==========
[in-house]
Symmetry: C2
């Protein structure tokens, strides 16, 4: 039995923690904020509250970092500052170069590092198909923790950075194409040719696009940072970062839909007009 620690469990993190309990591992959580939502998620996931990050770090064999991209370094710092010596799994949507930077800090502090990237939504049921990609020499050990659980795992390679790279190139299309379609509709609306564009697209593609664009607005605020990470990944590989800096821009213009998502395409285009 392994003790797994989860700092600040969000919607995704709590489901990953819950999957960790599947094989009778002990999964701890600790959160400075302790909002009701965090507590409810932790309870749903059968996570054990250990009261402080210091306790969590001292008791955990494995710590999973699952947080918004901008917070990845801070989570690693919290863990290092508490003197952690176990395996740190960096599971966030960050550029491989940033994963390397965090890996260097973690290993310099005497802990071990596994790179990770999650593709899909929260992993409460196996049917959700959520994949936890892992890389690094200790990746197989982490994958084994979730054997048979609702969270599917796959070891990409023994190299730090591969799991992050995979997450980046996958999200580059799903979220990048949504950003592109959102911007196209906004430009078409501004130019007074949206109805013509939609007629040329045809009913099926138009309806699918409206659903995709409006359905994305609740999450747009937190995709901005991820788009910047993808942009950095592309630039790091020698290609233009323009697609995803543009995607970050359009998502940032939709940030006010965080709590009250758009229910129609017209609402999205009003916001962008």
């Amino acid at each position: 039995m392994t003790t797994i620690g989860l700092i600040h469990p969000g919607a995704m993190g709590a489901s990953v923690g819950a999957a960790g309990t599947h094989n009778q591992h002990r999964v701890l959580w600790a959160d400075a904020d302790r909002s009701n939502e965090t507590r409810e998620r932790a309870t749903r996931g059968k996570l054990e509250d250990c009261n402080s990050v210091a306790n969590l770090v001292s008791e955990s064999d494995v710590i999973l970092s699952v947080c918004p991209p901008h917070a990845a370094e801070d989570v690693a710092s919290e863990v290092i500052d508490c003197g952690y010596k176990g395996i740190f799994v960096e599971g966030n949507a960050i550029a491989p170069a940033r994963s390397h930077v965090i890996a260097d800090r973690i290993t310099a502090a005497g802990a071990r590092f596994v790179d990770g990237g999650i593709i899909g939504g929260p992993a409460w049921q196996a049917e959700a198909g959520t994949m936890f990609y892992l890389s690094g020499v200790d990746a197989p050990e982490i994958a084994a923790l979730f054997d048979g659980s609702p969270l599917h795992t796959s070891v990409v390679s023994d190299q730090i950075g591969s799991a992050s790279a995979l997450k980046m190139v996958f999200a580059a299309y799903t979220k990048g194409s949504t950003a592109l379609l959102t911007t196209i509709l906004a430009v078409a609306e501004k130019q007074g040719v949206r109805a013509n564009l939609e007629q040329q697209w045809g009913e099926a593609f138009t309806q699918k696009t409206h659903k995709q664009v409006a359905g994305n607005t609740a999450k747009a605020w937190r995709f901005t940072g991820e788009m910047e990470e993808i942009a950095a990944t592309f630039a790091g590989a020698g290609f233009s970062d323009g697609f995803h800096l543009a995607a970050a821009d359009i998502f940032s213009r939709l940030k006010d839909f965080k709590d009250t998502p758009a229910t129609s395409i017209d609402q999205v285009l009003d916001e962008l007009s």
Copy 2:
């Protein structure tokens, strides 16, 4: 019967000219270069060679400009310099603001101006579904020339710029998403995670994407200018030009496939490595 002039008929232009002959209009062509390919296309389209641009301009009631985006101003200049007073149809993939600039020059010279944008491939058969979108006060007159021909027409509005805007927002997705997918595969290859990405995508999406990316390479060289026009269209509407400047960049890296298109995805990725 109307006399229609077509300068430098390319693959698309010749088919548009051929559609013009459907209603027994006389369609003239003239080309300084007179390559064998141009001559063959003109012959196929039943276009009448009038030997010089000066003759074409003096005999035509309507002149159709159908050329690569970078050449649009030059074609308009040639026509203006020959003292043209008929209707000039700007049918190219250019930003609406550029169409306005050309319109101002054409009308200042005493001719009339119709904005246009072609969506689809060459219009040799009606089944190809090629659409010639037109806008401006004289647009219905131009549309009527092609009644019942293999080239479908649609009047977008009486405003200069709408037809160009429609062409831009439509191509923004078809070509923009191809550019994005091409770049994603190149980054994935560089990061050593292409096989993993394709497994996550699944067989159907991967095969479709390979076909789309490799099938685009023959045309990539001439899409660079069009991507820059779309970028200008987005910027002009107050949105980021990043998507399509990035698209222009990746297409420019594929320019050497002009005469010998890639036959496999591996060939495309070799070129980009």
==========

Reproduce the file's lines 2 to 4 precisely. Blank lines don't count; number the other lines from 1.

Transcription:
Symmetry: C2
């Protein structure tokens, strides 16, 4: 039995923690904020509250970092500052170069590092198909923790950075194409040719696009940072970062839909007009 620690469990993190309990591992959580939502998620996931990050770090064999991209370094710092010596799994949507930077800090502090990237939504049921990609020499050990659980795992390679790279190139299309379609509709609306564009697209593609664009607005605020990470990944590989800096821009213009998502395409285009 392994003790797994989860700092600040969000919607995704709590489901990953819950999957960790599947094989009778002990999964701890600790959160400075302790909002009701965090507590409810932790309870749903059968996570054990250990009261402080210091306790969590001292008791955990494995710590999973699952947080918004901008917070990845801070989570690693919290863990290092508490003197952690176990395996740190960096599971966030960050550029491989940033994963390397965090890996260097973690290993310099005497802990071990596994790179990770999650593709899909929260992993409460196996049917959700959520994949936890892992890389690094200790990746197989982490994958084994979730054997048979609702969270599917796959070891990409023994190299730090591969799991992050995979997450980046996958999200580059799903979220990048949504950003592109959102911007196209906004430009078409501004130019007074949206109805013509939609007629040329045809009913099926138009309806699918409206659903995709409006359905994305609740999450747009937190995709901005991820788009910047993808942009950095592309630039790091020698290609233009323009697609995803543009995607970050359009998502940032939709940030006010965080709590009250758009229910129609017209609402999205009003916001962008």
């Amino acid at each position: 039995m392994t003790t797994i620690g989860l700092i600040h469990p969000g919607a995704m993190g709590a489901s990953v923690g819950a999957a960790g309990t599947h094989n009778q591992h002990r999964v701890l959580w600790a959160d400075a904020d302790r909002s009701n939502e965090t507590r409810e998620r932790a309870t749903r996931g059968k996570l054990e509250d250990c009261n402080s990050v210091a306790n969590l770090v001292s008791e955990s064999d494995v710590i999973l970092s699952v947080c918004p991209p901008h917070a990845a370094e801070d989570v690693a710092s919290e863990v290092i500052d508490c003197g952690y010596k176990g395996i740190f799994v960096e599971g966030n949507a960050i550029a491989p170069a940033r994963s390397h930077v965090i890996a260097d800090r973690i290993t310099a502090a005497g802990a071990r590092f596994v790179d990770g990237g999650i593709i899909g939504g929260p992993a409460w049921q196996a049917e959700a198909g959520t994949m936890f990609y892992l890389s690094g020499v200790d990746a197989p050990e982490i994958a084994a923790l979730f054997d048979g659980s609702p969270l599917h795992t796959s070891v990409v390679s023994d190299q730090i950075g591969s799991a992050s790279a995979l997450k980046m190139v996958f999200a580059a299309y799903t979220k990048g194409s949504t950003a592109l379609l959102t911007t196209i509709l906004a430009v078409a609306e501004k130019q007074g040719v949206r109805a013509n564009l939609e007629q040329q697209w045809g009913e099926a593609f138009t309806q699918k696009t409206h659903k995709q664009v409006a359905g994305n607005t609740a999450k747009a605020w937190r995709f901005t940072g991820e788009m910047e990470e993808i942009a950095a990944t592309f630039a790091g590989a020698g290609f233009s970062d323009g697609f995803h800096l543009a995607a970050a821009d359009i998502f940032s213009r939709l940030k006010d839909f965080k709590d009250t998502p758009a229910t129609s395409i017209d609402q999205v285009l009003d916001e962008l007009s």